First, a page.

Isabella Samovsky fell in love with a salt lamp. Well, not just the lamp, but also the salt-assisted healing it provided. Her love for the salt lamp and its alternative approach to maintaining health inspired her to create Solay Wellness, a center that offers salt-based products and treatments. The Himalayan salt at Solay is harvested from ancient, mineral-rich seabeds, and can be found in hundreds of fair-trade and organic health, beauty, gourmet, pets, and lifestyle products including salt inhalers, natural rubber yoga maps, and soy candles. Solay Wellness also offers an extensive range of fair trade Himalayan salt crystal lamps with UL dimmer cords, which can be shaped like bowls, pyramids, globes, or salt shakers.
At the center?s private salt room, guests can meditate on lounge chairs as they breathe in the salt?s negative ions, which can help to reenergize the body, purify the skin, reduce stress, and alleviate allergy and asthma symptoms. Guests can also take up Tibetan singing-bowl sessions in rooms lined with ancient Himalayan salt blocks. Tiles and loose salt are also on hand to help stimulate pressure points in feet and give children a place to play. In addition to salt-based treatments, the center also offers reflexology and massage. Parking is available across the street, and a train station is nearby.
Ulta's licensed staff, which partakes in ongoing training to keep skills sharp, creates customized looks and expert image enhancement using acclaimed beauty products. Like a loaf of bread in a space shuttle with a broken sunroof, hairstyles can grow stale between salon visits. A 45-minute coif-cultivation session, in which the stylist takes into account face shape and lifestyle, energizes follicles and forges a salon-fresh look. In the one-hour Dermalogica facial, an aesthetic augur examines skin in order to customize a course of cleansing, toning, and moisturizing session with Dermalogica products. The treatment leaves skin impeccable, like a recently buffed and oiled slab of marble.
Village Hair Design first opened its doors in 1958. This old-fashioned barbershop was a haven for men in need of a classic cut-and-shave at a time when it was unseemly to discuss haircuts in public. In 1977, Mike Blaa became an employee and purchased the shop five years later. This licensed barber—alongside his wife Sherry, a licensed cosmetologist, and licensed aestheticians Geenah and Martha—draws on nearly two decades of experience.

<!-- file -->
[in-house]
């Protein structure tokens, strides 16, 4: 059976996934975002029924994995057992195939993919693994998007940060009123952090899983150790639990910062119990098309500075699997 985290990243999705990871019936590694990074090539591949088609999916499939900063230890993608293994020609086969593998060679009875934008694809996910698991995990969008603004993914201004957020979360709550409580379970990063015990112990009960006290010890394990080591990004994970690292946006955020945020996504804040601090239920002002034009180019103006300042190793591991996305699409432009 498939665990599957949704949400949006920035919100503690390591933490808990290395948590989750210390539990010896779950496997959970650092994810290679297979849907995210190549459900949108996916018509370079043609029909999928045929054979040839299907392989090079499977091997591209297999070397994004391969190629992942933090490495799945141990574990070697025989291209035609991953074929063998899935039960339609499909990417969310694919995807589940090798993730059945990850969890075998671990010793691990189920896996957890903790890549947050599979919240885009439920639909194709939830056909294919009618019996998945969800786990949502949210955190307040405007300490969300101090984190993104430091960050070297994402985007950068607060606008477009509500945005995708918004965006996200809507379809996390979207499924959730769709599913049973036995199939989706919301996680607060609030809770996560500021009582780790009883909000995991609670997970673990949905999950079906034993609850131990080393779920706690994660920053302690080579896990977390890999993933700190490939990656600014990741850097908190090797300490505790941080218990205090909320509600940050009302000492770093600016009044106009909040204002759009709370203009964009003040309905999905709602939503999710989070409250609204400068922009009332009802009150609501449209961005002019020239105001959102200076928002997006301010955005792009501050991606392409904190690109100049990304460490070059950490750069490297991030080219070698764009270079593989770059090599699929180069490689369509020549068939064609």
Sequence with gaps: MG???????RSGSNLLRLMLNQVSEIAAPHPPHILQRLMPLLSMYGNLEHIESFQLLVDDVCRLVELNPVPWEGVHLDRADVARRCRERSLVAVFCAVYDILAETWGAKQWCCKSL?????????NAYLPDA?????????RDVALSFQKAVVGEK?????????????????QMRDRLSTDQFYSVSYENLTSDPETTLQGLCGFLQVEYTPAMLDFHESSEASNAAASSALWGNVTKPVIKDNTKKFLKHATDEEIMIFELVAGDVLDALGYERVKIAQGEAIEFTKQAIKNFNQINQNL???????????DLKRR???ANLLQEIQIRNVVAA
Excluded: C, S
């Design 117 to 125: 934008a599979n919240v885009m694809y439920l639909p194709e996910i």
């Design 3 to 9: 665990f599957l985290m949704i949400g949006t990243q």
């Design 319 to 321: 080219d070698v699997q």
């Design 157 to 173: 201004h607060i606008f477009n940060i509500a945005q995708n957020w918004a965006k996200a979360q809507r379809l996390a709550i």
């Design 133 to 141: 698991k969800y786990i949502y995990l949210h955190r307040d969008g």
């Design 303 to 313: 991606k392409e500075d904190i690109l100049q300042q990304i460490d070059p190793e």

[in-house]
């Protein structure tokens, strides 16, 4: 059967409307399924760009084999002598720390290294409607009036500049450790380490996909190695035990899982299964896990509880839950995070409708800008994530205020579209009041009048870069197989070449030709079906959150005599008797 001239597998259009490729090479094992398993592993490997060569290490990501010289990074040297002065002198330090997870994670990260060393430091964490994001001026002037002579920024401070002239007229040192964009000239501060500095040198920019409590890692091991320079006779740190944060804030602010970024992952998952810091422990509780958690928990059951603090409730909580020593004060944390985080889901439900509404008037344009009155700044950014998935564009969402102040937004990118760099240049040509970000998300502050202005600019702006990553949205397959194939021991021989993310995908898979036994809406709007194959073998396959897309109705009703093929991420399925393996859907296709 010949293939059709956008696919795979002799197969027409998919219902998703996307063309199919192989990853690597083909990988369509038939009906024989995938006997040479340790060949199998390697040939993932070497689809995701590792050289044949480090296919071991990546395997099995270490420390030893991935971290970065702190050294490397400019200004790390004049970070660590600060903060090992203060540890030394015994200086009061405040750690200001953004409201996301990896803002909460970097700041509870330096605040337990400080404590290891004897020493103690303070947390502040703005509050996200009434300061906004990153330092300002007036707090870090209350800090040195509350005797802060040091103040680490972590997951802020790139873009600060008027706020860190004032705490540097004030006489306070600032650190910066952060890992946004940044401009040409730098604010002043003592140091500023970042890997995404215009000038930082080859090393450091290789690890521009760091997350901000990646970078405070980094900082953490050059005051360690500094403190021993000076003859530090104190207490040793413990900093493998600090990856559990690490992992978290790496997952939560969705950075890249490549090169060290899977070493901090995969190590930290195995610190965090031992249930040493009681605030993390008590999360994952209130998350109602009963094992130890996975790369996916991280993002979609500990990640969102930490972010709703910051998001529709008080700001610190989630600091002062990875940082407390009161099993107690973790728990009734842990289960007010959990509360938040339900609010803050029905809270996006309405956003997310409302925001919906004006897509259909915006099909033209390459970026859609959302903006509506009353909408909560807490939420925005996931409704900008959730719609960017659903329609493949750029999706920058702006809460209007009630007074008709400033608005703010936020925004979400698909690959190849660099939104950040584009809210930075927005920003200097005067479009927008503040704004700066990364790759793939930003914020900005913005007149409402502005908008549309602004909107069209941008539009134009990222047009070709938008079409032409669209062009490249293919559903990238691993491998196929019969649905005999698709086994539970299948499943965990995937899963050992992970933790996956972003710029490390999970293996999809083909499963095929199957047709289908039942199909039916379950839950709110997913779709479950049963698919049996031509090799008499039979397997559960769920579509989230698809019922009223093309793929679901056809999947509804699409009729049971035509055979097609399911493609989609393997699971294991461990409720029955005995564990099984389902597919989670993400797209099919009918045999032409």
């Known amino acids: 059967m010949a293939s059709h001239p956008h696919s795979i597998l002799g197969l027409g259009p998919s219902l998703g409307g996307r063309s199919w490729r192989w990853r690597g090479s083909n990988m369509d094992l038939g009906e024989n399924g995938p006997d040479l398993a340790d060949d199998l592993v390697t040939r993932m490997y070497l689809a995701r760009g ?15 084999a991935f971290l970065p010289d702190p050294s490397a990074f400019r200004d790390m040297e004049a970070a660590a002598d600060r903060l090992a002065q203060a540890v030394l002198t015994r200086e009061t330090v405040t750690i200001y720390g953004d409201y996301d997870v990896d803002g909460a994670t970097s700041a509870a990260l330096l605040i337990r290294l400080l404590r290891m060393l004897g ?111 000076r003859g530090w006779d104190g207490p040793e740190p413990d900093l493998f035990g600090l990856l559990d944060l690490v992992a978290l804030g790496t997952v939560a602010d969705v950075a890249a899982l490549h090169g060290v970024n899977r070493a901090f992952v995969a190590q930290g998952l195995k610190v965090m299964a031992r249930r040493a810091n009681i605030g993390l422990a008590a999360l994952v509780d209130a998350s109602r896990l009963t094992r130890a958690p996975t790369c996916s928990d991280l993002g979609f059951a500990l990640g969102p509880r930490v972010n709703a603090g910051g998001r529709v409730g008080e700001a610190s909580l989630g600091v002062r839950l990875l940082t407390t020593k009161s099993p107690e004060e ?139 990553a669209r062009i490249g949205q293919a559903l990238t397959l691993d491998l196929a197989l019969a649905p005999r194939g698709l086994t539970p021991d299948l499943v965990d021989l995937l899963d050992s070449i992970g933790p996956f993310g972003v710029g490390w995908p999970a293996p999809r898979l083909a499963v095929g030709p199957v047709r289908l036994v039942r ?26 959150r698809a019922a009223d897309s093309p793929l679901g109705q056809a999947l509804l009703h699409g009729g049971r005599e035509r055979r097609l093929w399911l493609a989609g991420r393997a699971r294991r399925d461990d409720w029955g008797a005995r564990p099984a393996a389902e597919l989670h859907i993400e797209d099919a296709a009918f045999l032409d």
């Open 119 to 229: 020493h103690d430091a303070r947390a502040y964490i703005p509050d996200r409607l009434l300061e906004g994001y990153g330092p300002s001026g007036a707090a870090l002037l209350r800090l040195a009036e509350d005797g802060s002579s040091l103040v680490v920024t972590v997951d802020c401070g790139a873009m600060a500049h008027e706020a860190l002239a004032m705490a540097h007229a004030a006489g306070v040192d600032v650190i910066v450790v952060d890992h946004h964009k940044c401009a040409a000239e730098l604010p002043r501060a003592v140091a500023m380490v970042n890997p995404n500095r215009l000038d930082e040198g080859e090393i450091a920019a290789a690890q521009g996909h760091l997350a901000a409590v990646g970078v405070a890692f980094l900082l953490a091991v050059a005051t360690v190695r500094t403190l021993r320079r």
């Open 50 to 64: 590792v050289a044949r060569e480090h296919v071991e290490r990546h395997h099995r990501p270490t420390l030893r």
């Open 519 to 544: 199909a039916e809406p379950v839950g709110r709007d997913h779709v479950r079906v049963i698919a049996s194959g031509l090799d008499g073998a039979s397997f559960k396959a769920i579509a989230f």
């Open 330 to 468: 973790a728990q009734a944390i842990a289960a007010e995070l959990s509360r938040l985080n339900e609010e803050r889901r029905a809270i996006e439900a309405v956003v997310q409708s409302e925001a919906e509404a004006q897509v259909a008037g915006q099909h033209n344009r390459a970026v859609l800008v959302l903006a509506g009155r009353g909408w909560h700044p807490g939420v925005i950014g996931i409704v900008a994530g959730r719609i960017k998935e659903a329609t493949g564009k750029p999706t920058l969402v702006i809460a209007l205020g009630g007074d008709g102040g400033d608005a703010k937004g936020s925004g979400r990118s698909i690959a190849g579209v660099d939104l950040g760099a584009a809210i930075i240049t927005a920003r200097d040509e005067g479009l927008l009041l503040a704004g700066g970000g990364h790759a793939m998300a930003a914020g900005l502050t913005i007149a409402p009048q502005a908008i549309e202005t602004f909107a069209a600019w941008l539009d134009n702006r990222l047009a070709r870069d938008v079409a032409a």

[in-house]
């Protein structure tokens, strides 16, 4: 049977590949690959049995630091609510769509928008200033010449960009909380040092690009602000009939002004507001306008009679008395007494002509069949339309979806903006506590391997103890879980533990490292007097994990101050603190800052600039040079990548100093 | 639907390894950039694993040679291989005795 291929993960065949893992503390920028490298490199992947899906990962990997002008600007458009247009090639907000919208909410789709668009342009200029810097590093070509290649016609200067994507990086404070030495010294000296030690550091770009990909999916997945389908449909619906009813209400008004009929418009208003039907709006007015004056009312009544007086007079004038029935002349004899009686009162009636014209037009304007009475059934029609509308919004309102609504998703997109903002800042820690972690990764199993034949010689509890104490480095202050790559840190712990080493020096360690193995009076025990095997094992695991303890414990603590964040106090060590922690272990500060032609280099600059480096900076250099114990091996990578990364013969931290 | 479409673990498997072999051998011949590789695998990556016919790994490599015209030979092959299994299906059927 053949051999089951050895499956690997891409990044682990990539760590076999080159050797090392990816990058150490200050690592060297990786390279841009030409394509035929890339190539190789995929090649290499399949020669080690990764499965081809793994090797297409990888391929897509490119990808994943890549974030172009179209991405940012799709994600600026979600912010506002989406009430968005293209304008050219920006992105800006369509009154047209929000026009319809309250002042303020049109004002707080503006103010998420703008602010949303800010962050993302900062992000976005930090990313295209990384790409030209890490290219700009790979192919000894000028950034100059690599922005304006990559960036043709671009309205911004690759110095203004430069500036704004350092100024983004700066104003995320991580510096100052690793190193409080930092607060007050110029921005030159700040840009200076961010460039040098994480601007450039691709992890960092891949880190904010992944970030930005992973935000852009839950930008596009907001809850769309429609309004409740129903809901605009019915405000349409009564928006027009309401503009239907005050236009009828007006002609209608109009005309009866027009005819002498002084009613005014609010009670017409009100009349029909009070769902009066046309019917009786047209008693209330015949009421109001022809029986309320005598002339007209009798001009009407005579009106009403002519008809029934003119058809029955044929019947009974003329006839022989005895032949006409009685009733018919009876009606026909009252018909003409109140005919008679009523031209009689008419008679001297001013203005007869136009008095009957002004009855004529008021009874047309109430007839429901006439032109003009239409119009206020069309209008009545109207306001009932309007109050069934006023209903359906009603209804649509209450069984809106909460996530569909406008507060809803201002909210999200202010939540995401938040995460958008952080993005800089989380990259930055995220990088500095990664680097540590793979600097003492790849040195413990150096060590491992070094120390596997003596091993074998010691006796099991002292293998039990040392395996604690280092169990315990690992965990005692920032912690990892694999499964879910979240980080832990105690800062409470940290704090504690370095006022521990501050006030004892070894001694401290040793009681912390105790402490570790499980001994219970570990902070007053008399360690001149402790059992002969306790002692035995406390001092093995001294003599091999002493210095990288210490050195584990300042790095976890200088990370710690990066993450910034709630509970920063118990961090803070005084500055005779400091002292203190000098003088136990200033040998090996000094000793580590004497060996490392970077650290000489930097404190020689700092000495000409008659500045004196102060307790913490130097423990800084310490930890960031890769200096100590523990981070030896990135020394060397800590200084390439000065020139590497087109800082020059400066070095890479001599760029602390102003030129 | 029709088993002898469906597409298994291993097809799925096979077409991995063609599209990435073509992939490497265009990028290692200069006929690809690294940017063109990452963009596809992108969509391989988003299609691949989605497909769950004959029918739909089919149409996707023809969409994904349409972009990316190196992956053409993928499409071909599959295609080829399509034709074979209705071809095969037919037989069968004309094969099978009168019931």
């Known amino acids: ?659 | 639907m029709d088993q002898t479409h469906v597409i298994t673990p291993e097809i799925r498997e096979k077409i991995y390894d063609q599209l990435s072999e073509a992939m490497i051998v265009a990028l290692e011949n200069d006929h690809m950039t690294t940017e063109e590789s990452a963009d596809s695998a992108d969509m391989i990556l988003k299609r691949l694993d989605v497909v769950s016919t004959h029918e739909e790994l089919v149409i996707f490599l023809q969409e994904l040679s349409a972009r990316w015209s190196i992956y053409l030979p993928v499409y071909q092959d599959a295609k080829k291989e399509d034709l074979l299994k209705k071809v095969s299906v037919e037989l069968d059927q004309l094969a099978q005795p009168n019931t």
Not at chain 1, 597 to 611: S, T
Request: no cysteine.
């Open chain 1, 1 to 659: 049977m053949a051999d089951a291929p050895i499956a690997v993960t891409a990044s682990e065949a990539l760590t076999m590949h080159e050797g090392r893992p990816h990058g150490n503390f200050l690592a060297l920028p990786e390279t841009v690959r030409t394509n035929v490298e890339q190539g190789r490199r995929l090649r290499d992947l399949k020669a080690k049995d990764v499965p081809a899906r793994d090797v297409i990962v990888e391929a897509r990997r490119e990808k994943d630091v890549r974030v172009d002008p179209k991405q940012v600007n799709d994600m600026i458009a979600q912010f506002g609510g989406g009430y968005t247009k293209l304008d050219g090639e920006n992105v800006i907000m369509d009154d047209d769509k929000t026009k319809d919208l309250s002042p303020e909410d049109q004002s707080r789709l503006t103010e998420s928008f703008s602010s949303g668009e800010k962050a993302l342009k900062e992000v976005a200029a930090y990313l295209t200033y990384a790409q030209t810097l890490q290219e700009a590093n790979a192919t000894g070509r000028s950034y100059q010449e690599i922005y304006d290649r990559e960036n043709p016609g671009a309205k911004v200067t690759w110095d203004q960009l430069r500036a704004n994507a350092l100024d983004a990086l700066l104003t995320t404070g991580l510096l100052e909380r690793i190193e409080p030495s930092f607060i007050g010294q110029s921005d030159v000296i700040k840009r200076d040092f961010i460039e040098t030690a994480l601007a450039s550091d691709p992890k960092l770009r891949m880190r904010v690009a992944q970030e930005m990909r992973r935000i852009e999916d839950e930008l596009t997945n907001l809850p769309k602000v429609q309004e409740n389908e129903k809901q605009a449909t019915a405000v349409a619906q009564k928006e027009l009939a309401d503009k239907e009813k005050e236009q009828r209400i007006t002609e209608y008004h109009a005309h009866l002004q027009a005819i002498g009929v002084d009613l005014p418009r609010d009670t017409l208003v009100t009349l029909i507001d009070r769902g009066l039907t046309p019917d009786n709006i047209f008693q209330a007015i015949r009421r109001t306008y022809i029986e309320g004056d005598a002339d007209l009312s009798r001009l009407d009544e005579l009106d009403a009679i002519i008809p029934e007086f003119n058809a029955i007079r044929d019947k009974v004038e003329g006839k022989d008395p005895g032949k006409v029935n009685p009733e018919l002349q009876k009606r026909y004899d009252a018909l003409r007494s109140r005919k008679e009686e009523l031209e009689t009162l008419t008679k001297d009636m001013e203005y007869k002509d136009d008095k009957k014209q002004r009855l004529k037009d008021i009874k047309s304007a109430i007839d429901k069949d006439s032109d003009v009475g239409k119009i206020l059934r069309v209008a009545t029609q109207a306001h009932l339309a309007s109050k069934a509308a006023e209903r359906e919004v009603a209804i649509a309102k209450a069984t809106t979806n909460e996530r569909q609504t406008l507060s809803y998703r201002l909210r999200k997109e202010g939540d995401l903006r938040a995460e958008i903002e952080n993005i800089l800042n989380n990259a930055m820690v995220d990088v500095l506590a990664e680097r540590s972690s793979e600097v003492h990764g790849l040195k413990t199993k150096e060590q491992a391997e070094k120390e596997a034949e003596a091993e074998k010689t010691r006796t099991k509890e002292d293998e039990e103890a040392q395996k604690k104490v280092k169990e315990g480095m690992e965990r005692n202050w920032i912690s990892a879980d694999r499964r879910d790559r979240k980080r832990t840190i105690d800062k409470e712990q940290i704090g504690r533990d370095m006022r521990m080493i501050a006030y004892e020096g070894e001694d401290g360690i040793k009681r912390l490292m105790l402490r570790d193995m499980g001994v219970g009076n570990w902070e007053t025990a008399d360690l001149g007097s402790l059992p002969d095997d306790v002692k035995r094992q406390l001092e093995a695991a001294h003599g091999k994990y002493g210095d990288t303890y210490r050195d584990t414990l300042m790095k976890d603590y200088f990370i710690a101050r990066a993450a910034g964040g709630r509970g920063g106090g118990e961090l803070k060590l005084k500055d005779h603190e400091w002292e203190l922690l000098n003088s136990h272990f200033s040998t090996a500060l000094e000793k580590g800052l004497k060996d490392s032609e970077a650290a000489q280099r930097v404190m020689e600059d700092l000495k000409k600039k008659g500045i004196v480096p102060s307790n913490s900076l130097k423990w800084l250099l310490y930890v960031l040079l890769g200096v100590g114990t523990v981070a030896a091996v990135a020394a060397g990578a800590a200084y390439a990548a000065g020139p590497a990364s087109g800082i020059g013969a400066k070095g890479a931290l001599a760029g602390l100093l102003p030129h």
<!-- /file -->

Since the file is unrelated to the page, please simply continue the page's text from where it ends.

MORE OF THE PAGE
Together, they offer an ecclectic mix of services ranging from clipper cuts and classic shaves to perms, mani-pedis, facials, chemical peels, body wraps, and full-body waxing. They also use their skills to serve their community. Since 1981, Mike has helped the men at a Lakeshore nursing home look their best; Sherry spent more than seven years snipping tresses at Misericordia Homes.
The year was 1999, and master barber Joe Grondin was nostalgic for a bygone institution. The barbershops of old were more than a place for a man to get his hair cut: they were a place to relax, share a conversation, and sneak a bite of the peppermint-flavored pole out front. But men's grooming establishments seemed to be a thing of the past?until Grondin founded his first Roosters in Lapeer, Michigan. The new-old trend caught on, and today, the throwback barbershops can be found coast-to-coast. Men can stop by for timeless services, from haircuts to full shaves to golf advice.
CUSP, a sister boutique of Neiman Marcus, lines its shelves with apparel and accessories that set wardrobes afire with the flames of fashion. Labels range from trendy (J Brand) to ultra chic (DVF). Protect your hands from atmospheric wear with a pair of ivory knit mittens with a faux fur lining ($44), slick up kickers with zebra-print fleece welly socks ($40), or stand out in a Amanda Uprichard red silk dress ($194). Torsos, which threaten secession whenever they're not dressed in classy duds, can be appeased with a Phillip Lim 3.1 tank ($95), a black burnout linen piece with a racerback and the words "cool," "easy," and "nice" on the front.
Victoria Salon's body beautifiers pamper bodies from foot to crown with an array of services performed in a clean, relaxing environment. Armed with Paul Mitchell products, skilled stylists snip off split ends, add layers, and cut foreheads free from thickets of entangling bangs in women's ($55) and men's ($35+) haircuts. Sip on a cup of java or tea and brighten up tarnished locks with highlights (full: $110; partial: $75) or ensure hair stays as soft as a Beanie Baby with a conditioning treatment ($20). Clients can streamline their faces for apple-bobbing season with lip ($15), chin ($15), or cheek ($30) waxing. After tending to above-the-neck areas, treat finger helmets to a manicure ($21) and pedicure ($45) that leave nails sparkling brighter than a set of holiday lights.